Was it a dream or did I just see an orchid meadow being grazed by Wallabies? No, I've been on the Isle of Man and my collection of British wildlife poo has just increased by one. A population of around 100 Red-necked Wallabies is now claimed after an initial accidental release of a pair from a nearby wildlife park around 1970. There are surely more; we easily saw at least 5, including young, and there were droppings everywhere. There is a relaxed view on the presence of these animals. They appear to be mildly beneficial through their grazing activities - at the moment! They are certainly amusing, hiding low in vegetation before bounding away at the last moment, thumping the ground.
This was the beginning of a 4-day tour of the Isle of Man looking at some key conservation issues. Choughs are doing well on the island; around 160 pairs. Where natural cliff sites are absent, the birds are known to nest in artificial sites. However, of interest is the recent use of active farm buildings, such as barns, rather than disused or derelict buildings. Nesting birds are being carefully monitored by Manx Birdlife.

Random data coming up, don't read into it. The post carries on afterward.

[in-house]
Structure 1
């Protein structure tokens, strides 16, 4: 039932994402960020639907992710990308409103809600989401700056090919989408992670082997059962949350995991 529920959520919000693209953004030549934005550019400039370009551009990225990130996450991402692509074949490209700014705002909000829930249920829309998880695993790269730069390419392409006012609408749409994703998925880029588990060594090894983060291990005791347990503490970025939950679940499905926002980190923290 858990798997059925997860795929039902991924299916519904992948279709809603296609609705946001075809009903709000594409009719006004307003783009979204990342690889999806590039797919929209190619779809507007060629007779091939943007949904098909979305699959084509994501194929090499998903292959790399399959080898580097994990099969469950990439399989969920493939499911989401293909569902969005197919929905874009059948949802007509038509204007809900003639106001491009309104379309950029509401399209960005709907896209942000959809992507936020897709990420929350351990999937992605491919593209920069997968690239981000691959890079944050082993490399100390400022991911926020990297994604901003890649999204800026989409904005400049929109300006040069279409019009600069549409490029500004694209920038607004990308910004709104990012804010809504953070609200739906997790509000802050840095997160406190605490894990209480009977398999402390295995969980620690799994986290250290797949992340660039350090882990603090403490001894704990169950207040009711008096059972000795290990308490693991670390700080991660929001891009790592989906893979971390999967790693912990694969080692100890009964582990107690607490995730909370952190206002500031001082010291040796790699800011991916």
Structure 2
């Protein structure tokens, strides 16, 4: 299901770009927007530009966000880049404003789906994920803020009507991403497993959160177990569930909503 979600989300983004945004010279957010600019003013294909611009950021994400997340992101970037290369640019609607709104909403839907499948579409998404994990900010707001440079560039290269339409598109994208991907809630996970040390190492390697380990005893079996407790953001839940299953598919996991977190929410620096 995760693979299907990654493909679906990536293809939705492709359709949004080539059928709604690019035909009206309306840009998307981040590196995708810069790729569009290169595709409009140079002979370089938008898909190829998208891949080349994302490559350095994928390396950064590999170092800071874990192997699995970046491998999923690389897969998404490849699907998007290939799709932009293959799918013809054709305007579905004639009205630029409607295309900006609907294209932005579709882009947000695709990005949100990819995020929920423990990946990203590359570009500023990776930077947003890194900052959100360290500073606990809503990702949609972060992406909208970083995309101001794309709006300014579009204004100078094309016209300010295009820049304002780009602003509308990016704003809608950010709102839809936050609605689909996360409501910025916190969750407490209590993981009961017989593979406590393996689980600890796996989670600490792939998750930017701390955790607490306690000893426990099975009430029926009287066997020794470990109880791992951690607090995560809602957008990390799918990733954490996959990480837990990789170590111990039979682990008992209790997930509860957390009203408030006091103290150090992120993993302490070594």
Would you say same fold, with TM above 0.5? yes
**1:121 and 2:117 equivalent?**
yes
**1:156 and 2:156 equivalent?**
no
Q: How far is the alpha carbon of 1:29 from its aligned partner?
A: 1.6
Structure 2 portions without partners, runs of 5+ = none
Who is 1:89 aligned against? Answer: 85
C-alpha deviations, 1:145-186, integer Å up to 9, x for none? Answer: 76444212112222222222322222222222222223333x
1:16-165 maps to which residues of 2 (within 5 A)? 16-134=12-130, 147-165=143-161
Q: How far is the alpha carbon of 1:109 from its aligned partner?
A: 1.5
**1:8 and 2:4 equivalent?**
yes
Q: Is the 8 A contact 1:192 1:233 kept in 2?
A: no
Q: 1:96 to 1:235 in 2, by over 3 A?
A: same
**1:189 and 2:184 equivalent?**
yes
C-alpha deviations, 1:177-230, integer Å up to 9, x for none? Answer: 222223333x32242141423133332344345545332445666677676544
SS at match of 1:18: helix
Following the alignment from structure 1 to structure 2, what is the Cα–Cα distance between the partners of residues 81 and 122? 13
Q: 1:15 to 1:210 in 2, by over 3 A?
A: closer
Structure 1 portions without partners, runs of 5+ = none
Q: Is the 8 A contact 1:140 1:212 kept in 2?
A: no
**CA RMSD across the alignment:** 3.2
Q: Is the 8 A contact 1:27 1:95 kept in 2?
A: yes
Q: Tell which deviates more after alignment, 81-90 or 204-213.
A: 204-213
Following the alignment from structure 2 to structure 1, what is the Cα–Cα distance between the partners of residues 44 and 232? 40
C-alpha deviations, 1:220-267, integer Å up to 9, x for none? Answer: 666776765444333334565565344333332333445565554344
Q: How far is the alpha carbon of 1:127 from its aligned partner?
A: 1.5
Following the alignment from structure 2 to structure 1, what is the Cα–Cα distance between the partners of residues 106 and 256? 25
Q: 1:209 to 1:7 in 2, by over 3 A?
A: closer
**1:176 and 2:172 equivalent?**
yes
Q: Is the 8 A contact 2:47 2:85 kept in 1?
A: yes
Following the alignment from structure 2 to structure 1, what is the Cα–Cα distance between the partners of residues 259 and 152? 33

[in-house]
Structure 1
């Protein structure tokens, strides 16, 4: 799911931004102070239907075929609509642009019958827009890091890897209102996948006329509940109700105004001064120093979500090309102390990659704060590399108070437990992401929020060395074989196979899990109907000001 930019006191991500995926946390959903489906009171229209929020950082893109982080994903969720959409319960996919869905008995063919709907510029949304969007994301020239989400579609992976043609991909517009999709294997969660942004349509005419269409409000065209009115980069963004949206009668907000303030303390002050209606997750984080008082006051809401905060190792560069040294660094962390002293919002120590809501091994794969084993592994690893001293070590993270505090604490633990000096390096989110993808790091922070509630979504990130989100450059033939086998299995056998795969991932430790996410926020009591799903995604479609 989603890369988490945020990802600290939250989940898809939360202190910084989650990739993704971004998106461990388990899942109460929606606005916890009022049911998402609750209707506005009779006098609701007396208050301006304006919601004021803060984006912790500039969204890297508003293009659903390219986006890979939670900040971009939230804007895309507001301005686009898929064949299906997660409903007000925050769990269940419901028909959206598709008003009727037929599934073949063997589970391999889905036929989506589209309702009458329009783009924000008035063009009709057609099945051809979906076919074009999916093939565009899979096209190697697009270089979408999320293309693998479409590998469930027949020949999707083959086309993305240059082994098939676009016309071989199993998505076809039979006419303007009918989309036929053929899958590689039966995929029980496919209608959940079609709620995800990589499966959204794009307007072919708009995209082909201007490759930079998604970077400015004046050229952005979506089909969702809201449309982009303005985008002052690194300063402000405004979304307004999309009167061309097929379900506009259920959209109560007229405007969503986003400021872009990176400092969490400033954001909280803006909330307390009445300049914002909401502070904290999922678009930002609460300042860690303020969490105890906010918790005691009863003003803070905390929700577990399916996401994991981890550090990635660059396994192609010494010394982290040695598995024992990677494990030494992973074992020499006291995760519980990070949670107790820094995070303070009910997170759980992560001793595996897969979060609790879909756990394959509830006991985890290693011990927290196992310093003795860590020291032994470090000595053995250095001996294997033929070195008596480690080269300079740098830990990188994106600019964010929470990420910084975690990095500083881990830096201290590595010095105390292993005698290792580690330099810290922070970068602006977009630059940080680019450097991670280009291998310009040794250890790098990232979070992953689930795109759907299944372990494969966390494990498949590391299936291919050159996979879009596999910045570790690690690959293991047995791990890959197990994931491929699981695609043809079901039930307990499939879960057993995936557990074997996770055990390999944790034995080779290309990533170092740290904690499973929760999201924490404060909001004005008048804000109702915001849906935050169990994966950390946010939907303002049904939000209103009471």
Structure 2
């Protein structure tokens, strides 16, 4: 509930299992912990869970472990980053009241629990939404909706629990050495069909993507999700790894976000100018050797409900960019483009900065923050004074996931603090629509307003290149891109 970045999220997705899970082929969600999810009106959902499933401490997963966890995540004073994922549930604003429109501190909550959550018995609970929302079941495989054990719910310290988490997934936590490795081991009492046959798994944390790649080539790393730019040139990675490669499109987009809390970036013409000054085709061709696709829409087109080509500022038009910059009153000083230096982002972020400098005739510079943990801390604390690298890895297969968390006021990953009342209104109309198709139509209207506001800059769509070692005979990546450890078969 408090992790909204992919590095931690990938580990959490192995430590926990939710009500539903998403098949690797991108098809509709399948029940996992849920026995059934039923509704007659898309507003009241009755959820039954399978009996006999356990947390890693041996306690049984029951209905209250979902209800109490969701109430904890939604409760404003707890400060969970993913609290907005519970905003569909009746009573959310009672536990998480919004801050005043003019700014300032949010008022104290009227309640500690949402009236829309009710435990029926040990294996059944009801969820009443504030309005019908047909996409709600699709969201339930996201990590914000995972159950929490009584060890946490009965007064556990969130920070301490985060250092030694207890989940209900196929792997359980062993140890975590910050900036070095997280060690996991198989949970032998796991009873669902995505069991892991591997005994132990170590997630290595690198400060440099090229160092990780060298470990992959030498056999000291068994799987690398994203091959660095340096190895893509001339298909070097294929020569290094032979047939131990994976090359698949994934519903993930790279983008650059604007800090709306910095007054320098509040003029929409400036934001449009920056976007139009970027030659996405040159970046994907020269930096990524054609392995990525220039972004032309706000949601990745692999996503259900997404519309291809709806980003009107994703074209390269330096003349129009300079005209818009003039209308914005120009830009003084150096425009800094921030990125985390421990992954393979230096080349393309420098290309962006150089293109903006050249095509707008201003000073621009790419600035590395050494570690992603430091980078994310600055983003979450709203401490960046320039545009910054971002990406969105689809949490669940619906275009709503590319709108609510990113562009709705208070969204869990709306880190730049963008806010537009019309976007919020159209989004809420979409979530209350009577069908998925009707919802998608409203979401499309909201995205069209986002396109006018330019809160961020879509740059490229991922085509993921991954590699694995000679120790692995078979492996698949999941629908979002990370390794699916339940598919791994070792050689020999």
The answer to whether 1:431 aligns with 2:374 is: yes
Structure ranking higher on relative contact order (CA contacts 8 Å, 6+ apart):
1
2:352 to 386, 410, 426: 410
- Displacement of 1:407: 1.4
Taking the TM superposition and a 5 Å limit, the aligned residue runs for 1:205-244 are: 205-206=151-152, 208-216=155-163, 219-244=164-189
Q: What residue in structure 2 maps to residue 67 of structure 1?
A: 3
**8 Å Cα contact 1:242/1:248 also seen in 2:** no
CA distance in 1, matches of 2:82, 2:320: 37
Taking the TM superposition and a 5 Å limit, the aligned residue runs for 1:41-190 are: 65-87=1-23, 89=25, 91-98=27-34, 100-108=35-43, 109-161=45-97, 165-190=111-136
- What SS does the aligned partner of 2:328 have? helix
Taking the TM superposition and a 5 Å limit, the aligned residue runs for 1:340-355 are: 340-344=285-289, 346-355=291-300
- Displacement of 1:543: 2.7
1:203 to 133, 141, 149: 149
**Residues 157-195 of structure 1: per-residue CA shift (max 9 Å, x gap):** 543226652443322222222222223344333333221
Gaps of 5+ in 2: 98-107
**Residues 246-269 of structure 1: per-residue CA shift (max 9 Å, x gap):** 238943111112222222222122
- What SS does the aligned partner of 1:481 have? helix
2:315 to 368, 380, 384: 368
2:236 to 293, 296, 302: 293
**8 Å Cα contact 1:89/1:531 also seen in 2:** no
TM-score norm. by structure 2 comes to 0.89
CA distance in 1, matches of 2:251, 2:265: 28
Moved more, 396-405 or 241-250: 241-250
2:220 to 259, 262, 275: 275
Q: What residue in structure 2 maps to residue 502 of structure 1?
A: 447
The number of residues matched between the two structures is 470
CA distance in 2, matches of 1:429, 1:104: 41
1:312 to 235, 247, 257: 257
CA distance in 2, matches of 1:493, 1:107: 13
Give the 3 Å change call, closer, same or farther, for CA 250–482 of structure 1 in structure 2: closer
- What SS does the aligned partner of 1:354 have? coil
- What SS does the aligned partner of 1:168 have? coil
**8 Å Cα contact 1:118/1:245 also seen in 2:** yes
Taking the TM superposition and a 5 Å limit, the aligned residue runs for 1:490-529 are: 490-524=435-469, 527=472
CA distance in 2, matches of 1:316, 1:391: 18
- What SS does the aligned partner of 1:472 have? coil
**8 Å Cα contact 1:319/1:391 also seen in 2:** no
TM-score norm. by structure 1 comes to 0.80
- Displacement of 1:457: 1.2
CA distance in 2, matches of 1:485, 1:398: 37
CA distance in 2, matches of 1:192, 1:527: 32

In contrast to the tolerance of wallabies, a Brown Rat control programme to benefit breeding seabirds has been progressing on the Calf of Man. After becoming extinct on the island that gave them their name, Manx Shearwaters returned to breed in 2000. With a reduction in Rats, the population has increased to around 100 pairs. Total eradication of rats must surely be the aim to maintain this iconic bird on the island.
At Close Sartfield meadows excellent restoration work by the Wildlife Trust using green hay following scrub removal has created the spectacle of thousands of orchids of six species.
The uplands hold Curlews, Red Grouse and a good, but declining, population of Hen Harriers. Looking at various areas of moorland, we stumbled (literally) over good numbers of Lesser Twayblade and also abundant Moonwort around the old lead mines.
Below - nestbox (upstairs Chough, downstairs Muscovy Duck), Choughs calling to young, ringing young Chough (under licence).